Hysteroscopy has evolved during the past century to become the gold standard for investigating the uterine cavity and the assessment of many conditions previously evaluated with blind and inaccurate techniques (dilatation and curettage). Hysteroscopy allows direct visualisation of the uterine cavity with the opportunity for targeted biopsy, safe removal of endometrial polyps, submucus fibroids and treatment of intrauterine septum and adhesions. Hysteroscopy is generally safe and efficient.
Other advantages are that the procedure can be conducted at a relatively low cost to the healthcare system and is convenient for the patient, as most of these procedures are performed on an outpatient or day-case basis.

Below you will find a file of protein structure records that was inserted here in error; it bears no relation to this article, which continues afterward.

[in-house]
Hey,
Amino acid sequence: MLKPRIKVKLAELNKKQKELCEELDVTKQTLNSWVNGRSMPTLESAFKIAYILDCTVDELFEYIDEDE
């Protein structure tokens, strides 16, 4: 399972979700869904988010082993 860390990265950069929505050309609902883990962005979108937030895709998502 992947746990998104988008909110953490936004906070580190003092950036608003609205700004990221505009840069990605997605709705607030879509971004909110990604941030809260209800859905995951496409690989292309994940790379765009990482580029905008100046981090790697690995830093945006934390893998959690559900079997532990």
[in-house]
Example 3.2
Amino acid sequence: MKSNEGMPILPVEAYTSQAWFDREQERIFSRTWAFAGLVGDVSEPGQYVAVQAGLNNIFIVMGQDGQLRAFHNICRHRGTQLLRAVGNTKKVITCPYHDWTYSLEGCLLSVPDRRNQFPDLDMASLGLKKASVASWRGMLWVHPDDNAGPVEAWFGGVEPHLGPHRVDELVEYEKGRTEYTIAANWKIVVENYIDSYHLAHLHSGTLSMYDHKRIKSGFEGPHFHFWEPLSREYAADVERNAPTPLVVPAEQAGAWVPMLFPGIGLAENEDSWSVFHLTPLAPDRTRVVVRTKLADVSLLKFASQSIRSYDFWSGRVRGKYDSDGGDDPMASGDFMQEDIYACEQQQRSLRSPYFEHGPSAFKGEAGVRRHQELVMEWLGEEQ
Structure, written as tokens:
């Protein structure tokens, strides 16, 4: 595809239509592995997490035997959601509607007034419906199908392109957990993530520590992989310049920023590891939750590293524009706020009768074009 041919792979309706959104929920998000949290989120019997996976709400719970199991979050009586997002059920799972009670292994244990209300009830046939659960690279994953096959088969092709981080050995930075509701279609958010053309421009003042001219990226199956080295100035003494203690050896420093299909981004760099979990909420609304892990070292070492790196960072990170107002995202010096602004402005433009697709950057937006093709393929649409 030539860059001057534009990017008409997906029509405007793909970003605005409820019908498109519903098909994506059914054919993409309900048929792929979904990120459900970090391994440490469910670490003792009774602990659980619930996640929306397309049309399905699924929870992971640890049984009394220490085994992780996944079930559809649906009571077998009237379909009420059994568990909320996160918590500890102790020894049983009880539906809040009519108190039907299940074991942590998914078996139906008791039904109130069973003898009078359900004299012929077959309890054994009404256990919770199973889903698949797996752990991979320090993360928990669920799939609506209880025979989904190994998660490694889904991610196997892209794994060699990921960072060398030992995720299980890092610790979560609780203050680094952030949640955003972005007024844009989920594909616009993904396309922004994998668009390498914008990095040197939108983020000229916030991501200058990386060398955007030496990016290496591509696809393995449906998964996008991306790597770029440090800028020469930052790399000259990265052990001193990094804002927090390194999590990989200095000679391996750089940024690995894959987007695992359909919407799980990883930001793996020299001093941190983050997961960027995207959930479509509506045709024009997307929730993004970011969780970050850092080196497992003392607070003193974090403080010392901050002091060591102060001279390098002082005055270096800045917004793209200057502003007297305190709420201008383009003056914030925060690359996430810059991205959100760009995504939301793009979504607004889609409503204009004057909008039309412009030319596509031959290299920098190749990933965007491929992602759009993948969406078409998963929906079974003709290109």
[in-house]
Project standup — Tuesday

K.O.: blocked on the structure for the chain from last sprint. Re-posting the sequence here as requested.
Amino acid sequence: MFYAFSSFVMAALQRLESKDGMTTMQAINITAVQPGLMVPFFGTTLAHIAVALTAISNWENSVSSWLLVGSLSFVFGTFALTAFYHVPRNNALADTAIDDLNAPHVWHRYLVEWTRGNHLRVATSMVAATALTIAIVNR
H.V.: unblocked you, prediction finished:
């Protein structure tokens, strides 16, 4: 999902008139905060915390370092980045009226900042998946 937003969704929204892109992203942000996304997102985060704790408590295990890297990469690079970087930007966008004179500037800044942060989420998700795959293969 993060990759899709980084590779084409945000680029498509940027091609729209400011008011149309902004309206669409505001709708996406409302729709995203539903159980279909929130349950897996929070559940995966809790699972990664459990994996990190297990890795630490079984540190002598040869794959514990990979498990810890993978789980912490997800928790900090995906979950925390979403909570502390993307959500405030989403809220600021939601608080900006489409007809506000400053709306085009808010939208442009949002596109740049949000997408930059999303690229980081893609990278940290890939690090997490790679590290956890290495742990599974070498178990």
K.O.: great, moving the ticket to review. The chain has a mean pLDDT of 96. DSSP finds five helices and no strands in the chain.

The complication rate is low, whether hysteroscopy is used as a diagnostic or therapeutic tool; however, the procedure can be life-threatening in rare cases owing to complications (e.g. perforation of the uterus and damage to other organs). Appropriate training combined with understanding of the technique, equipment, troubleshooting and indications are mandatory for the safe and efficient utilisation of this useful tool.
When you have completed this tutorial you will be able to:
- assemble the hysteroscope and recognise the normal and abnormal appearance of the uterine cavity
- describe the instruments used in both diagnostic and operative hysteroscopy
- recognise the indications and technique of diagnostic, outpatient and operative hysteroscopy
- describe the main hysteroscopic procedures including:
- hysteroscopic polypectomy
- hysteroscopic myomectomy
- endometrial ablation
- hysteroscopic adhesiolysis
- hysteroscopic sterilisation
- recognise the complications encountered during hysteroscopic surgery and ways to prevent and manage them.
Last updated May 2017